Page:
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Men’s Health Week: A reminder that changes in the way you behave or feel can be a strong indicator of mental health challenges

16 Jun 2021
This Men’s Health Week, the National Mental Health Commission is encouraging all men to connect with their mental health, connect with and support other men in their community, and connect with professional mental health support if needed.

This Men’s Health Week, the National Mental Health Commission is encouraging all men to connect with their mental health, connect with and support other men in their community, and connect with professional mental health support if needed.

“This week is an important reminder for all men to reflect on the way they’ve been feeling. We often don’t recognise that some changes in our behaviour, or in the way we are feeling can be a strong indicator of mental health challenges,” Commission CEO Christine Morgan said.

“The COVID-19 pandemic has been a challenging time for so many men and has understandably caused a lot of distress and anxiety.

“When added to situational stressors such as loneliness and isolation from peers and family, loss of identity, loss of employment, financial distress, relationship breakdown and access to children, homelessness and/or housing stress, and alcohol and other drug problems, it can really take a toll on mental health.

“I encourage any man experiencing a crisis to reach out for confidential support. It’s OK not to feel OK.”

Confidential crisis support services available are:

  • MensLine Australia, a national telephone and online support, information and referral service for men with family and relationship concerns. MensLine can be contacted on 1300 78 99 78.
  • Lifeline, which is available to assist those who may be experiencing a crisis. Lifeline can be contacted on 13 11 14 at any time or through their online crisis chat service which is available seven days a week from 7pm to midnight (AEST/AEDT) at www.lifeline.org.au.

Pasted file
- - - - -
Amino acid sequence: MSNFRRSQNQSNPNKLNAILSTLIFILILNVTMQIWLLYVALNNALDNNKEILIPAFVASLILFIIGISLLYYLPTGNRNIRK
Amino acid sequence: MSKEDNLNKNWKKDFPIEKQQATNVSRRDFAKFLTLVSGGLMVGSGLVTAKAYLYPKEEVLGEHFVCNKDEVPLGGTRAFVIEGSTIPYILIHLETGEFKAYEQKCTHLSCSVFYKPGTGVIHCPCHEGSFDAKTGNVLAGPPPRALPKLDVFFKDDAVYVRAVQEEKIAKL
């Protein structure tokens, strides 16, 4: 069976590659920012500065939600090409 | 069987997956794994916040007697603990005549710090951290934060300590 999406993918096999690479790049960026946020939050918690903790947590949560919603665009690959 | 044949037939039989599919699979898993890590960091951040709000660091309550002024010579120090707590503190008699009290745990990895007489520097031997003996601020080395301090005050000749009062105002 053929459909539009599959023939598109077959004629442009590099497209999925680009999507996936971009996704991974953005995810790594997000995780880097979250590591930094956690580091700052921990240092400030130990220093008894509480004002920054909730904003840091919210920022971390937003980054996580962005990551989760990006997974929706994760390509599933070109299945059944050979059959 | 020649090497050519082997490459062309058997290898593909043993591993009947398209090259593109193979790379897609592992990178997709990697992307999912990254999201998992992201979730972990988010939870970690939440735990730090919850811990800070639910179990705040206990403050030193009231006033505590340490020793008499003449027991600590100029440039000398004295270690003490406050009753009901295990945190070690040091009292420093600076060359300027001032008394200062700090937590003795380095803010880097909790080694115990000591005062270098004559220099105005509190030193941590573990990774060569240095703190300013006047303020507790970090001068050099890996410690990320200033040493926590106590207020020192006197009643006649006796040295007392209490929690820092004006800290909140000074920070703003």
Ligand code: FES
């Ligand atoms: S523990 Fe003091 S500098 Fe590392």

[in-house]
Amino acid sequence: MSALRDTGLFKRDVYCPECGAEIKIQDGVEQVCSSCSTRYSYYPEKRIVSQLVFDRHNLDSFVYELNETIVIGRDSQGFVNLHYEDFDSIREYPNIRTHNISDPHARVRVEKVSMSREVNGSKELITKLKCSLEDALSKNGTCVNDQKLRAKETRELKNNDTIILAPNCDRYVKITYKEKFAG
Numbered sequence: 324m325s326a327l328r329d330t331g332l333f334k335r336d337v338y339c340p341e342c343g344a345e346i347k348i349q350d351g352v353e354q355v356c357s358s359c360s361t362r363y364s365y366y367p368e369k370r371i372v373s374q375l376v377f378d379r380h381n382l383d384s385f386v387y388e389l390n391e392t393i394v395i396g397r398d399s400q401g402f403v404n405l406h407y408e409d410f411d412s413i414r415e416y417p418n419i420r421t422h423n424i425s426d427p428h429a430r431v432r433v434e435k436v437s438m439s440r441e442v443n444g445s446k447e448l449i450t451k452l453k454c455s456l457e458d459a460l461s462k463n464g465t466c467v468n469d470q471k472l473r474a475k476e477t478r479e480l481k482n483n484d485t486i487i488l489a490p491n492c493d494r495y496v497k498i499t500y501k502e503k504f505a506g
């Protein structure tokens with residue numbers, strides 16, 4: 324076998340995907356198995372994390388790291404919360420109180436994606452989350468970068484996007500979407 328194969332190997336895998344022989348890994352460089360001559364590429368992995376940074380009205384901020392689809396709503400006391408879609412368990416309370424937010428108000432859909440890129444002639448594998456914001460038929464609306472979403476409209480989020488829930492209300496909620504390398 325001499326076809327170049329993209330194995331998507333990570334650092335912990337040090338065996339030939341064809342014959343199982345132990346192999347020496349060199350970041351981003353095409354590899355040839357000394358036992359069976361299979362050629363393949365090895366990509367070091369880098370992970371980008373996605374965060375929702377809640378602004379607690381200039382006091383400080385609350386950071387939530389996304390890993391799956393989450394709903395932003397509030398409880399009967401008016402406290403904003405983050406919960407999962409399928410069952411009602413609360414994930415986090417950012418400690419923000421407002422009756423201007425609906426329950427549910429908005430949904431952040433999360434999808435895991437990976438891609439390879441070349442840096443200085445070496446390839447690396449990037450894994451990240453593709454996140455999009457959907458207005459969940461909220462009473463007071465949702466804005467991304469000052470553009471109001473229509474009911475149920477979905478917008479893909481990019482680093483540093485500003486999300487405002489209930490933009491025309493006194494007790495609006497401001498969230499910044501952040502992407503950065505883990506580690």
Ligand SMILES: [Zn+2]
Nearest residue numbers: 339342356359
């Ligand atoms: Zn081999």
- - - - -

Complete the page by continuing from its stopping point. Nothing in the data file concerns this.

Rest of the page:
• The Suicide Call Back Service, a nation-wide telephone support service and is available to anyone experiencing a crisis as well as their family and friends. The service can support callers through immediate counselling, and can also provide further telephone counselling sessions scheduled according to the caller’s needs. The Suicide Call Back Service operates seven days a week and can be contacted on 1300 659 467 or via its website at www.suicidecallbackservice.org.au.

Commission Chair, Lucy Brogden AM, encouraged men to protect their mental health with the same importance as they do their physical health, and work on both mental and psychological strength and health.

“It’s really important that men of all ages are aware of the signs of poor mental health and that it’s okay to stop and reach out for help,” Mrs Brogden said.

“Headaches, muscle aches, weight loss or gain, consistent feelings of anger, helplessness, hopelessness, guilt, or burden, or losing interest in activities you would normally enjoy, can all be symptoms of poor mental health, and signs that we may need some support.

“There are steps we can put in place to help manage our wellbeing. Exercise, being careful with diet, managing a healthy sleep routine and talking through what’s concerning you with someone you trust – a good friend, a GP or clinician can all help keep you well.

“Connection is vital. Men’s Health Week is a timely reminder to men to check in on their own mental wellbeing, but also check in on their mates. Whether it’s a family member, friend, neighbour or someone in the community, reaching out and showing you care can make a big difference.”

National FREE 24/7 Crisis Services

Lifeline | 13 11 14 | www.lifeline.org.au
Suicide Call Back Service | 1300 659 467 | http://www.suicidecallbackservice.org.au/ 
Kids Helpline | 1800 55 1800 | http://www.kidshelp.com.au/ 
MensLine Australia | 1300 78 99 78 | http://www.mensline.org.au/
Coronavirus Mental Wellbeing Support Service | 1800 512 348